How Do Canada's Sex Work Laws Actually Impact Real Sex Workers?
Good intentions for sexual-assault victims leads to unequal justice for accused under Bill C-51
In 2013, Canada's long-standing laws against sex work were struck down in the landmark case of R. v. Bedford. Following that, the government rewrote the law to fill the void that was left. Their decision was to criminalize the purchasers of sex, rather than the purveyors. They said it was necessary.
But has it worked? How helpful have these laws really been?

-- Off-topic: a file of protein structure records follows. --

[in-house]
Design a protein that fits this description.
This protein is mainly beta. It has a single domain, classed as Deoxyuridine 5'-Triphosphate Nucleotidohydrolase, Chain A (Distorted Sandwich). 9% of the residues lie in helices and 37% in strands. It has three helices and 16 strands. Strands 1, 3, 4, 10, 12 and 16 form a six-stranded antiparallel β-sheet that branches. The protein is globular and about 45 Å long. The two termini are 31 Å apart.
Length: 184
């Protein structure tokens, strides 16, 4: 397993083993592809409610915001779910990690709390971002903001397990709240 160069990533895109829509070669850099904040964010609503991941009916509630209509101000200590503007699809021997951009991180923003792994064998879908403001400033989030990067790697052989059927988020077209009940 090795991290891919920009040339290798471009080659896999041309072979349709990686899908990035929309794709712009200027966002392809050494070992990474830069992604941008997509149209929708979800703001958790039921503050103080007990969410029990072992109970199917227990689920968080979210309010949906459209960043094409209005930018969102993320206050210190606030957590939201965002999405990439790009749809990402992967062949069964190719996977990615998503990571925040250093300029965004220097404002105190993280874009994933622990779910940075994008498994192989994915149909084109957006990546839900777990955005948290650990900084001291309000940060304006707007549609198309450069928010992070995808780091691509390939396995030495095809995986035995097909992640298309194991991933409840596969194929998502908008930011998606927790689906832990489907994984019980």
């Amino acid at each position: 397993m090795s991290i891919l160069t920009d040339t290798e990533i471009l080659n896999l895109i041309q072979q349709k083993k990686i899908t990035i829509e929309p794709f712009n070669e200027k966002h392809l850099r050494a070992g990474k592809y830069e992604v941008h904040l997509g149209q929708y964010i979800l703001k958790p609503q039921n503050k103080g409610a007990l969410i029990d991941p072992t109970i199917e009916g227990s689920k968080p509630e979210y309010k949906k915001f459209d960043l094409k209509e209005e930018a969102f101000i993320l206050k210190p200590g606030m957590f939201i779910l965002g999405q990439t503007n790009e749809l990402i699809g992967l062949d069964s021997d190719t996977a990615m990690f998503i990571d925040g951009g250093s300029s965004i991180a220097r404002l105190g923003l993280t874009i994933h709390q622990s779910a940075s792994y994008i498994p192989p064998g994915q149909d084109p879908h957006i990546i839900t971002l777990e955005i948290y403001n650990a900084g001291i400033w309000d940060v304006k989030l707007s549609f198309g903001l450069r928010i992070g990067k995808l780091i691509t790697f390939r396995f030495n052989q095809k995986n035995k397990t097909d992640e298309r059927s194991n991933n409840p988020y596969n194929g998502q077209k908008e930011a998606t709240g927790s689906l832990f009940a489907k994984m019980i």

I sat down with Carmen, a sex worker, and Caroline, a front-line volunteer at PACE Society, a non-profit organization geared towards helping sex workers in Vancouver's Downtown East Side, to discuss.
The spirit of this bill is commendable. The goals it seeks to achieve are valid. I want to like it. I want to support it. But sadly, I cannot.
Bill C-51 will not only compromise the rights of an accused person at trial, it will also create systemic delays that will frustrate its very purpose. Perhaps most disturbingly, though, is that it is likely to have the unintended affect of further marginalizing already marginalized individuals.